Even before the GDPR, the Telecommunications Act required that website users be informed about the use of personal data in a privacy statement. The GDPR requires in Article 13 that data subjects must be informed about the use of personal data when it is collected. Article 14 requires that if the data is obtained from a third party, the data subject must be informed within 30 days.
Duty to inform
When personal data is collected, the data subject must be provided with the following information:
- The name and contact details of the person responsible and, if applicable, his representative
- The contact details of the data protection officer, if available
- The purpose of processing
- The legal ground (Article 6).
- If the legal ground is “legitimate interest”, these interests must be specified. It should also be documented why these interests are more weighty than the interest of the data subject who does not want the data to be processed.
- Recipients or categories of recipients, if applicable (e.g. suppliers, tax advisors, …)
- If applicable, whether the data will be transferred to a third country without equivalent data protection and how data protection is nevertheless ensured (see US-EU Privacy Shield).
- The duration for which the personal data will be stored or, if this is not possible, the criteria for determining this duration
- Information about the right of access to personal data and the right to erasure or restriction and opposition, as well as the right to data portability.
- If the processing is based on the data subject’s consent, he or she must be informed of the right to withdraw consent.
- Reference must be made to the right to complain to the supervisory authority.
- If the data is required for the performance of the contract, it must be stated what the possible consequences of not providing it are.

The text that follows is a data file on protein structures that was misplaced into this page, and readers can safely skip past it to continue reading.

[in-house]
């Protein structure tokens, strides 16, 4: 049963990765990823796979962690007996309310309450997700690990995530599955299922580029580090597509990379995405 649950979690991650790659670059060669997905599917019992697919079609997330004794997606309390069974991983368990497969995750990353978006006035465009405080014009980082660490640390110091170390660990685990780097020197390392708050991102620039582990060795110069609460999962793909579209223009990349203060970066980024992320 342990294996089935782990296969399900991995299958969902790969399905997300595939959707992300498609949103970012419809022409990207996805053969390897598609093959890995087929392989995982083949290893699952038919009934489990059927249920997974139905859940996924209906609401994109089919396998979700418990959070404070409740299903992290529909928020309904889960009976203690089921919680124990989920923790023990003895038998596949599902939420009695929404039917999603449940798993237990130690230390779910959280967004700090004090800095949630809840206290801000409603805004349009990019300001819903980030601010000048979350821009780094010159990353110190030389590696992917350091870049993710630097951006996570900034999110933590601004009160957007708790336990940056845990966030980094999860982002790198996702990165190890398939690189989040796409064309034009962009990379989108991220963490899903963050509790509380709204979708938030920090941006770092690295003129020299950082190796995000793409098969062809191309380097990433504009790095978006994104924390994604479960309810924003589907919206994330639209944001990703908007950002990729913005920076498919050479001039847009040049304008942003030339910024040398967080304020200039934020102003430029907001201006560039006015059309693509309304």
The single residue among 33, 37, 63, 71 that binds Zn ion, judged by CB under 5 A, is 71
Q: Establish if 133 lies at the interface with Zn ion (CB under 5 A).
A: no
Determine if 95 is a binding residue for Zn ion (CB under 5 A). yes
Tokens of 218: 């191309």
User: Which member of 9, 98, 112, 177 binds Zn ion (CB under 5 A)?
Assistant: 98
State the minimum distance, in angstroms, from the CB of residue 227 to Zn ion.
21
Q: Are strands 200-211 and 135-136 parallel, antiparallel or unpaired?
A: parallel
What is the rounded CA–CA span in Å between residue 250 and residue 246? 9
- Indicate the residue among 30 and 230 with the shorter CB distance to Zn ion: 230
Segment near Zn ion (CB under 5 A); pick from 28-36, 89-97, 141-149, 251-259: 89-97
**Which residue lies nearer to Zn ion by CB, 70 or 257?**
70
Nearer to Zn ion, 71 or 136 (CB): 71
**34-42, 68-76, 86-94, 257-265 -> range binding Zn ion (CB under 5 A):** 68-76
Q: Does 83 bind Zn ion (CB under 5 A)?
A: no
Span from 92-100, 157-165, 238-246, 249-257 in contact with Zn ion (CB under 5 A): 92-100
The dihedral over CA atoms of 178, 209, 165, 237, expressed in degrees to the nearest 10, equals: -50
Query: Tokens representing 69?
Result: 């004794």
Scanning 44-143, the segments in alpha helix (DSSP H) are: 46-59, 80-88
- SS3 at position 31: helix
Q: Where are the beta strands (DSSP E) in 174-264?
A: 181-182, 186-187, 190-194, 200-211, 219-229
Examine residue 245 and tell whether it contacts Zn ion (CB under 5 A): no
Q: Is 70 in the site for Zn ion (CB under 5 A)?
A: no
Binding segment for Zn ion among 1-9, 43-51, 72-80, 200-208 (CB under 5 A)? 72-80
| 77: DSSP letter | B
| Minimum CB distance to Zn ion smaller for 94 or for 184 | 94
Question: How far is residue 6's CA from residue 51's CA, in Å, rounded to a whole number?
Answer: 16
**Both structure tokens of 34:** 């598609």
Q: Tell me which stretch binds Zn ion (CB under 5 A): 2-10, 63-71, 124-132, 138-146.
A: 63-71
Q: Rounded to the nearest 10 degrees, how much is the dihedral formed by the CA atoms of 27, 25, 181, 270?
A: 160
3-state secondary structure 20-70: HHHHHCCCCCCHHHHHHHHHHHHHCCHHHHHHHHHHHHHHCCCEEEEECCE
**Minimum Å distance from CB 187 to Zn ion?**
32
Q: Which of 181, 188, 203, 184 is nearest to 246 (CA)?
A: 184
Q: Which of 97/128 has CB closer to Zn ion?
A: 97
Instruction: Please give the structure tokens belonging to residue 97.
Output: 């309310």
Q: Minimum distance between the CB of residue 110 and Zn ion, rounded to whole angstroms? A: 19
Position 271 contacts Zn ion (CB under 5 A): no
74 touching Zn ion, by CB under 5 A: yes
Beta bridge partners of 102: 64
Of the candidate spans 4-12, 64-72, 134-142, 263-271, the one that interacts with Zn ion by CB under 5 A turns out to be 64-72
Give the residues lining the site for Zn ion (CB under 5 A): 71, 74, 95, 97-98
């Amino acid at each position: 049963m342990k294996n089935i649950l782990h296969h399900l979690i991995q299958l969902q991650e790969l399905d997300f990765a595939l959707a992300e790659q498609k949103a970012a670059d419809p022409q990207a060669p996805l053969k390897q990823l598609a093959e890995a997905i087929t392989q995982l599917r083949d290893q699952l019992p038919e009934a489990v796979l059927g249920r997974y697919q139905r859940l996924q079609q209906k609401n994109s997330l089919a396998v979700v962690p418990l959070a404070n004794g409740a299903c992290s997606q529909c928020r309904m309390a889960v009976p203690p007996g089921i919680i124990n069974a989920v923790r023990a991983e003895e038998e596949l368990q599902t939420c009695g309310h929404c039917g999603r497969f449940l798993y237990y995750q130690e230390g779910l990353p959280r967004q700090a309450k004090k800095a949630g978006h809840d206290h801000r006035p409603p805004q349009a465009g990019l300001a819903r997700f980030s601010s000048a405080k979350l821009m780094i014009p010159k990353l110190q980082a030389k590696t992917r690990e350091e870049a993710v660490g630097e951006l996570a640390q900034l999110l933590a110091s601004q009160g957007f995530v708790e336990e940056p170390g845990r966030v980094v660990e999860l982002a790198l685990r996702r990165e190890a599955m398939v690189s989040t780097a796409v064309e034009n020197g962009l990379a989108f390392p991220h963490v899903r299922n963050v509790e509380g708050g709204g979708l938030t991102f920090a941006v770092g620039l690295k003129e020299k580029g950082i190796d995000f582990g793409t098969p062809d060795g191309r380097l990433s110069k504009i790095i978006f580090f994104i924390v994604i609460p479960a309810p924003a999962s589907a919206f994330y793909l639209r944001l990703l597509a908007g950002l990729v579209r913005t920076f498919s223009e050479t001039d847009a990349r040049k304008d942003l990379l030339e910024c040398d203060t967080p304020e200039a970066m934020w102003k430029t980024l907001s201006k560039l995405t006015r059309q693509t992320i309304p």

- If automated decisions are made or profiling is performed, meaningful information about the logic involved and the scope and intended effects must be provided. Article 22(1) and (4)
- If the data was not collected directly from the data subject, it must also be stated where the data originated and, if applicable, whether it was obtained from a publicly accessible source. further details and restrictions in Article 14 GDPR
If a data subject already has this information, it does not need to be provided again.
The obligation to inform about data received from third parties is often difficult to implement correctly. Data from third parties are, for example, orders that come via an intermediary or data that have been researched from the Internet. As mentioned, according to Article 14 GDPR , data subjects must be informed about the processing within 30 days.
A pragmatic approach to implementation is also to refer to the privacy statement in all documents (offer, invoice, letters, …) as well as in all e-mails. This automatically transmits the required information at the next customer contact.
Article 14 requires that the data subject must be informed at the latest after 30 days that his or her data will be processed if it is disclosed to third parties.
easyGDPR lite helps you to implement this task quickly and efficiently.